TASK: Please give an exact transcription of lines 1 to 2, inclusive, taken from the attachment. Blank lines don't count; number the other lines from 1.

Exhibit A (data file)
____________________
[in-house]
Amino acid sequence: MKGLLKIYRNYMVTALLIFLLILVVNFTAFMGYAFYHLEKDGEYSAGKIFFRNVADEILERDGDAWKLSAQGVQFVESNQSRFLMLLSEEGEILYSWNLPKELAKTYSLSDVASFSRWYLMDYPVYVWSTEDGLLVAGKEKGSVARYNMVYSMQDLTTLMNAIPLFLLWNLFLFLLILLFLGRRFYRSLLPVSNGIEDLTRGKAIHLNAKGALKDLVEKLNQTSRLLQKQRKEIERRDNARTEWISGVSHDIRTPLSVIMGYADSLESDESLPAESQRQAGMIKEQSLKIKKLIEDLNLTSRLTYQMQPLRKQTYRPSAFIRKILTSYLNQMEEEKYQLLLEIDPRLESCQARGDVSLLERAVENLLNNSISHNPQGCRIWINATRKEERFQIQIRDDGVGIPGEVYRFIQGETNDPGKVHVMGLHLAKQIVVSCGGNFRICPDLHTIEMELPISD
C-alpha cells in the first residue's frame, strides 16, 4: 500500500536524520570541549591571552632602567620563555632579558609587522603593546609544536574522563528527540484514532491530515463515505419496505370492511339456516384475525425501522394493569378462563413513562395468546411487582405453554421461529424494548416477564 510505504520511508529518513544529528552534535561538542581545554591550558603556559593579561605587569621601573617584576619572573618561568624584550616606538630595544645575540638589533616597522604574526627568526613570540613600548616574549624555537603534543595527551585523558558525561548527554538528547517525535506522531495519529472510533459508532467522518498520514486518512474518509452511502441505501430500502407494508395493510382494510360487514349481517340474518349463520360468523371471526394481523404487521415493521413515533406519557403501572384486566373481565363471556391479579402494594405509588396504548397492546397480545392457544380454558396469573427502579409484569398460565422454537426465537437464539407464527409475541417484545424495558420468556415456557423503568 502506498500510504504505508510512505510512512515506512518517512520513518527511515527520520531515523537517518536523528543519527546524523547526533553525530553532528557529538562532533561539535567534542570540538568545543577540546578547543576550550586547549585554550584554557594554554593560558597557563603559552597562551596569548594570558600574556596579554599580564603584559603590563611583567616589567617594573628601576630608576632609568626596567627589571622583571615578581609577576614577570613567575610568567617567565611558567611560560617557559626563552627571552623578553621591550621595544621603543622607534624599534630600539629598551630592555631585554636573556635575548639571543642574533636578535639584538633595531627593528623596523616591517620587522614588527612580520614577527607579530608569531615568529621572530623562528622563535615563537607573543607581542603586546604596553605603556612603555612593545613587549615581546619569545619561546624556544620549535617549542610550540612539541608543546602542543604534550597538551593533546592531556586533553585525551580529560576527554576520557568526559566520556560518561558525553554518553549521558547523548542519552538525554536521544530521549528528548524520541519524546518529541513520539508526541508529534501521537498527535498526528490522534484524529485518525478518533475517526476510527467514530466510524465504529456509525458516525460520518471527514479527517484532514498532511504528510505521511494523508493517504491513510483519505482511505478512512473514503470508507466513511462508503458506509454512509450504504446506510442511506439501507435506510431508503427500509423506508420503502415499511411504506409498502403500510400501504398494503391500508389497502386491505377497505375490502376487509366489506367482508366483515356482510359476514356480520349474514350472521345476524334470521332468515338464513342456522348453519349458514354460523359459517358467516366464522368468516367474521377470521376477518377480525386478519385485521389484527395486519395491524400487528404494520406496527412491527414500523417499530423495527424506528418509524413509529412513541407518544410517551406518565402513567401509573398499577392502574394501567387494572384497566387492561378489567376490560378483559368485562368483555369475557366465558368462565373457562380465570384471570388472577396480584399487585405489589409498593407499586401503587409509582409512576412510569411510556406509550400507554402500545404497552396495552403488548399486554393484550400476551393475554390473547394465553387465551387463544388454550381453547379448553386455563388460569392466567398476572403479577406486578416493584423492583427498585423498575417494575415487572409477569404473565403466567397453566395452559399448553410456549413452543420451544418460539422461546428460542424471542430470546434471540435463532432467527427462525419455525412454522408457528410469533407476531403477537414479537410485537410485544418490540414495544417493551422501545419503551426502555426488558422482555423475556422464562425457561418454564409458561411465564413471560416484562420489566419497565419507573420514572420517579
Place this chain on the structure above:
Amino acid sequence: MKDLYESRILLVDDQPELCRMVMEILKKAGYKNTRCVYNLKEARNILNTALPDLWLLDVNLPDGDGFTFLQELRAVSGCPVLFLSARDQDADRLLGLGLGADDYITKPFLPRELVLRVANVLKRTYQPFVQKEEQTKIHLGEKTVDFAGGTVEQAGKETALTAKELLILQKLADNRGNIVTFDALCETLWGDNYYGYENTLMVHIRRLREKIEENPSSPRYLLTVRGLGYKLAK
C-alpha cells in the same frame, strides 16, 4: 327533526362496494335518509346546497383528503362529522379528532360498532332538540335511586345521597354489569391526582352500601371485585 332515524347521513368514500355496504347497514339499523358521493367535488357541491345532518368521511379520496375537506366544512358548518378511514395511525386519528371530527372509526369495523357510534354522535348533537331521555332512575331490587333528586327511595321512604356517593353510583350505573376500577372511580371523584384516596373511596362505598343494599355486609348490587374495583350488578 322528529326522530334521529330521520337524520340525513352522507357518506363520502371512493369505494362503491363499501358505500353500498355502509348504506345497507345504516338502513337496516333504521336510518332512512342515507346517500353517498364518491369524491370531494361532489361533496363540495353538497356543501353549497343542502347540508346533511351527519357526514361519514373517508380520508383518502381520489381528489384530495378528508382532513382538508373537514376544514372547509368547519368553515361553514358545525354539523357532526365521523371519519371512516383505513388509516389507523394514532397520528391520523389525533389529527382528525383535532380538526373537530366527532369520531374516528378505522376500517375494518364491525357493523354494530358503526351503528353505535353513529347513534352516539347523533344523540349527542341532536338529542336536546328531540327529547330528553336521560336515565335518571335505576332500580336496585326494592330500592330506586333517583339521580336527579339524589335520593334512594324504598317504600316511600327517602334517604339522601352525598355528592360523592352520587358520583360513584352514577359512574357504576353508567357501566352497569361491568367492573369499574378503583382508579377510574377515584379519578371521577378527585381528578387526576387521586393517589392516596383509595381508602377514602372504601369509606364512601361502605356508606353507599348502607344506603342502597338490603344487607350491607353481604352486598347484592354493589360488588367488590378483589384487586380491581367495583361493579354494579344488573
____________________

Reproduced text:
[in-house]
Amino acid sequence: MKGLLKIYRNYMVTALLIFLLILVVNFTAFMGYAFYHLEKDGEYSAGKIFFRNVADEILERDGDAWKLSAQGVQFVESNQSRFLMLLSEEGEILYSWNLPKELAKTYSLSDVASFSRWYLMDYPVYVWSTEDGLLVAGKEKGSVARYNMVYSMQDLTTLMNAIPLFLLWNLFLFLLILLFLGRRFYRSLLPVSNGIEDLTRGKAIHLNAKGALKDLVEKLNQTSRLLQKQRKEIERRDNARTEWISGVSHDIRTPLSVIMGYADSLESDESLPAESQRQAGMIKEQSLKIKKLIEDLNLTSRLTYQMQPLRKQTYRPSAFIRKILTSYLNQMEEEKYQLLLEIDPRLESCQARGDVSLLERAVENLLNNSISHNPQGCRIWINATRKEERFQIQIRDDGVGIPGEVYRFIQGETNDPGKVHVMGLHLAKQIVVSCGGNFRICPDLHTIEMELPISD